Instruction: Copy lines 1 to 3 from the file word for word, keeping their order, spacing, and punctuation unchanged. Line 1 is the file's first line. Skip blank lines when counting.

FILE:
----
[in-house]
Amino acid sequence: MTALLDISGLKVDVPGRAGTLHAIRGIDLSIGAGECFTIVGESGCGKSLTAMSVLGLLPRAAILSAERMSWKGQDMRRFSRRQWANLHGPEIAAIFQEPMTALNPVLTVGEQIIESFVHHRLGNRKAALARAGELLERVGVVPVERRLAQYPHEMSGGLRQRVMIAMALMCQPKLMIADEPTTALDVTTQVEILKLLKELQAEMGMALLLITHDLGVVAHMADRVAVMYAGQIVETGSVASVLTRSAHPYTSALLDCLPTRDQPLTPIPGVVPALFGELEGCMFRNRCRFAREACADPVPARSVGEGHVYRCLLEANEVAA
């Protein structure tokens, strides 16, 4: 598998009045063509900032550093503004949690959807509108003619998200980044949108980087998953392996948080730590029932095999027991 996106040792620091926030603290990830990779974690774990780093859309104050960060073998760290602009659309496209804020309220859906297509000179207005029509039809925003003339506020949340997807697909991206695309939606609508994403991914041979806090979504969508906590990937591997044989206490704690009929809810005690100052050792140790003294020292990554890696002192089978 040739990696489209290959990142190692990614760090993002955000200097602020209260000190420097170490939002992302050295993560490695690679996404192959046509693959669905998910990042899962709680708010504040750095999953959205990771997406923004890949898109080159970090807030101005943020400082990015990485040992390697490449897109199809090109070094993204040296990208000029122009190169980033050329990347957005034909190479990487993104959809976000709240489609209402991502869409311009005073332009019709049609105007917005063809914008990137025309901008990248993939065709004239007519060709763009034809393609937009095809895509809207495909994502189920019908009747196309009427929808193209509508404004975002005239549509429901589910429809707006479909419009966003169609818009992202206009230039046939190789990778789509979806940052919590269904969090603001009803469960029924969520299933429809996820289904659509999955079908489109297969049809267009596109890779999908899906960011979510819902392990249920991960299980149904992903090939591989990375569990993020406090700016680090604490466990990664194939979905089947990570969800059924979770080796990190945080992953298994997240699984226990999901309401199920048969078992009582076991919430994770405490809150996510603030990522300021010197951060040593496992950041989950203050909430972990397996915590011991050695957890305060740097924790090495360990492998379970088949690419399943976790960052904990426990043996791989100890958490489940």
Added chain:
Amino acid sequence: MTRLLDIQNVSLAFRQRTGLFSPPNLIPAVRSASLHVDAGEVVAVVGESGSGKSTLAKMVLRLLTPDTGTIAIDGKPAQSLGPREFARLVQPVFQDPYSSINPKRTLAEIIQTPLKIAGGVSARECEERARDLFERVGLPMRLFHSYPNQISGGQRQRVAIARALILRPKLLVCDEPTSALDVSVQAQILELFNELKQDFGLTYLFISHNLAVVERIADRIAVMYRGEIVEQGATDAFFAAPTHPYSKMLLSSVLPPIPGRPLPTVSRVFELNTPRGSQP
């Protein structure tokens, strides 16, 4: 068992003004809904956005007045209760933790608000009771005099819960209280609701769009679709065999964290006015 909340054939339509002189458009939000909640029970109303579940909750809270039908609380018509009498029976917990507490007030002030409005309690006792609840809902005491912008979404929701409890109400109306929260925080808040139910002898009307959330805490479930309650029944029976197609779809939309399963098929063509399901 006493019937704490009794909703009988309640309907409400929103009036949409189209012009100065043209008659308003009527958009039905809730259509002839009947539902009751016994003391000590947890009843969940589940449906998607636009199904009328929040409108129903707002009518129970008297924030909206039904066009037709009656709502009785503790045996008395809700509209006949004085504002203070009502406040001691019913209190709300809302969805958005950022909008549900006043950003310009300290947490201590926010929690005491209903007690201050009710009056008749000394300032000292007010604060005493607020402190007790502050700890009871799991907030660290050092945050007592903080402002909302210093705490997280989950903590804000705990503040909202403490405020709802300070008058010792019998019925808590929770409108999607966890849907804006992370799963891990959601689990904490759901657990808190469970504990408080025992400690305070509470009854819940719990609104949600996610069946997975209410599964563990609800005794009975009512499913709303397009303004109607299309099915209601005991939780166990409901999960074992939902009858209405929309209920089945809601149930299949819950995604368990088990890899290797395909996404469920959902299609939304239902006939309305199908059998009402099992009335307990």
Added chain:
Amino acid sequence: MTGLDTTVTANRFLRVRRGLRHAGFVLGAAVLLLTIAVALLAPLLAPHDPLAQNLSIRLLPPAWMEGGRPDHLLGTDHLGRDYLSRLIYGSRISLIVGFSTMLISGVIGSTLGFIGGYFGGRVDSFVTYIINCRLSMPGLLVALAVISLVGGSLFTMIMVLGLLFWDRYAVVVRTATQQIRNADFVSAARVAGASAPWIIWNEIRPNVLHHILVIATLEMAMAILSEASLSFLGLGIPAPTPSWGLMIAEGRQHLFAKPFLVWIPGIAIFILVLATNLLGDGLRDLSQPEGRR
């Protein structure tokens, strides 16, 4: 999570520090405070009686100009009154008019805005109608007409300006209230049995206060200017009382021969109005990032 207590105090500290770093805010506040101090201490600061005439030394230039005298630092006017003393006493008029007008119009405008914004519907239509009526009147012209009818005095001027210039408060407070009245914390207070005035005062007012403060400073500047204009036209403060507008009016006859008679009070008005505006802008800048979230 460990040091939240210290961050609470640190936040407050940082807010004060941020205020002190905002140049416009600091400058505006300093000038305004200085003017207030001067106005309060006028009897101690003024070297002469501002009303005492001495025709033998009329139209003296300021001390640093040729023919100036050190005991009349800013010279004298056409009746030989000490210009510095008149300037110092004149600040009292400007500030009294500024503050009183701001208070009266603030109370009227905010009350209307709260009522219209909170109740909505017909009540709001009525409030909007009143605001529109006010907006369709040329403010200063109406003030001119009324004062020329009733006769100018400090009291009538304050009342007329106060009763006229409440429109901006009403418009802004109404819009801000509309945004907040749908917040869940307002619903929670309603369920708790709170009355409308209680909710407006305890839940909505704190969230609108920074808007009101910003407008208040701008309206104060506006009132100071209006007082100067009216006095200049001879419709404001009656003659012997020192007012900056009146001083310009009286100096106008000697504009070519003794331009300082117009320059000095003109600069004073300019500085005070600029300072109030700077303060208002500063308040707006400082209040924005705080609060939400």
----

[in-house]
Amino acid sequence: MTALLDISGLKVDVPGRAGTLHAIRGIDLSIGAGECFTIVGESGCGKSLTAMSVLGLLPRAAILSAERMSWKGQDMRRFSRRQWANLHGPEIAAIFQEPMTALNPVLTVGEQIIESFVHHRLGNRKAALARAGELLERVGVVPVERRLAQYPHEMSGGLRQRVMIAMALMCQPKLMIADEPTTALDVTTQVEILKLLKELQAEMGMALLLITHDLGVVAHMADRVAVMYAGQIVETGSVASVLTRSAHPYTSALLDCLPTRDQPLTPIPGVVPALFGELEGCMFRNRCRFAREACADPVPARSVGEGHVYRCLLEANEVAA
């Protein structure tokens, strides 16, 4: 598998009045063509900032550093503004949690959807509108003619998200980044949108980087998953392996948080730590029932095999027991 996106040792620091926030603290990830990779974690774990780093859309104050960060073998760290602009659309496209804020309220859906297509000179207005029509039809925003003339506020949340997807697909991206695309939606609508994403991914041979806090979504969508906590990937591997044989206490704690009929809810005690100052050792140790003294020292990554890696002192089978 040739990696489209290959990142190692990614760090993002955000200097602020209260000190420097170490939002992302050295993560490695690679996404192959046509693959669905998910990042899962709680708010504040750095999953959205990771997406923004890949898109080159970090807030101005943020400082990015990485040992390697490449897109199809090109070094993204040296990208000029122009190169980033050329990347957005034909190479990487993104959809976000709240489609209402991502869409311009005073332009019709049609105007917005063809914008990137025309901008990248993939065709004239007519060709763009034809393609937009095809895509809207495909994502189920019908009747196309009427929808193209509508404004975002005239549509429901589910429809707006479909419009966003169609818009992202206009230039046939190789990778789509979806940052919590269904969090603001009803469960029924969520299933429809996820289904659509999955079908489109297969049809267009596109890779999908899906960011979510819902392990249920991960299980149904992903090939591989990375569990993020406090700016680090604490466990990664194939979905089947990570969800059924979770080796990190945080992953298994997240699984226990999901309401199920048969078992009582076991919430994770405490809150996510603030990522300021010197951060040593496992950041989950203050909430972990397996915590011991050695957890305060740097924790090495360990492998379970088949690419399943976790960052904990426990043996791989100890958490489940």